This week is Early Learning Matters Week, a time for educators, parents and communities to come together to raise awareness and understanding of the importance of early learning.
At the Indigenous Literacy Foundation, we know that high-quality education supports children to be confident and enthusiastic learners. We also know that play-based learning and learning in your first language makes a huge difference, and builds a foundation for emotional wellbeing and achievement throughout your life.
Early Literacy Manager Linda and Program Coordinator Cindy are both passionate about education in early years, and have worked in a variety of early childhood settings.
For Early Learning Matters Week, Linda and Cindy had a chat about the importance of early learning, ILF’s early literacy program Book Buzz, and why having books that reflect children’s culture is such an important aspect of learning.
“Early learning is the most crucial time of development,” explains Linda, “Everything that happens in those first five years sets you up for life. It’s a complex area, and Early Learning Matters Week is all about helping people to understand the value and importance of early years education.”
In the first five years of life, children learn through every experience they have, which makes play-based learning incredibly important.
“Play-based learning is how children make sense of their world,” says Linda, “It’s all about being able to learn something for yourself through experience and hands-on methods, rather than simply having someone tell you how to do something. The things we care most about and are good at, are always the things we’ve worked out and unpacked for ourselves.”
ILF’s Book Buzz Program includes resources that seek to incorporate this play element of early learning, and supports playgroups in remote communities to help children develop the early literacy skills and confidence they need to succeed later in life.
“As well as gifting out books, we also provide learning materials and resources to playgroups in remote communities,” says Cindy, “We also help facilitate translating books into first languages so children can learn in the language they’re most comfortable in. For most remote communities, English is not the first language of the children, and many don’t have access to literacy resources – and definitely not in their own languages.”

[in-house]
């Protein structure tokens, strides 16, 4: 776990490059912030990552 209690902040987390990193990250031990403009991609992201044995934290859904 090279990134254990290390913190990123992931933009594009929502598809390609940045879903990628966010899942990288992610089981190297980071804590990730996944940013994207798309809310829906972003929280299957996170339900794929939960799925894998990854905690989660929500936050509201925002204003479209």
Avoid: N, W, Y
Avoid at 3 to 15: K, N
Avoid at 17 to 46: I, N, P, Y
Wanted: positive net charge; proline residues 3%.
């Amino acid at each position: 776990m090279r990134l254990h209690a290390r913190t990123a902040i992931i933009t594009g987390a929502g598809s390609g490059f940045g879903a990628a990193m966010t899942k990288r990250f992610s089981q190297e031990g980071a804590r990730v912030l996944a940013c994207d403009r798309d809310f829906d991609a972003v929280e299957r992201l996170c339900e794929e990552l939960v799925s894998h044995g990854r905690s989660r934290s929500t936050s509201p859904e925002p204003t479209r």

Research has shown that children learn best in their own language. It also supports parents and carers to share books with their children, and instils a love of reading in a community.
“It’s very important for children to have books that reflect themselves, their lives and their culture,” Cindy says, “Stories in communities are often oral, so it’s amazing to put those stories and languages into books that the community can keep. It helps to keep their language and culture strong, and pass it onto the next generation.”
“And when their family, their land and their culture are depicted in stories – it tells children that they’re valuable,” adds Linda, “They can connect with the book and the characters, and it just makes such a difference to a child’s development, self esteem and sense of belonging. In Early Childhood, it’s so important to value that diversity.”
Having been with the ILF for more than four years, Cindy has seen this exact connection in action many times.
“When we did the Kriol (Binjari Buk) series a few years ago, a friend of mine’s little niece was three years old at the time,” Cindy says, “They got copies of one of the books, Yakai! Beibigel! (Oh no, baby girl!), and her niece just loved it. She could relate to the little character – it represented her. She would go around with the book telling her aunties and friends ‘That’s me! That’s me!’”
“And that’s what the ILF does - we provide those books that capture children’s attention.”
At the ILF, we want everyone to value early learning as much as we do. For Early Learning Matters Week, we would encourage everyone to learn a little bit more about the importance of early years education, and how to help make a difference in the lives of young children.
You can learn more about ELM Week here: https://www.earlylearningmatters.org.au/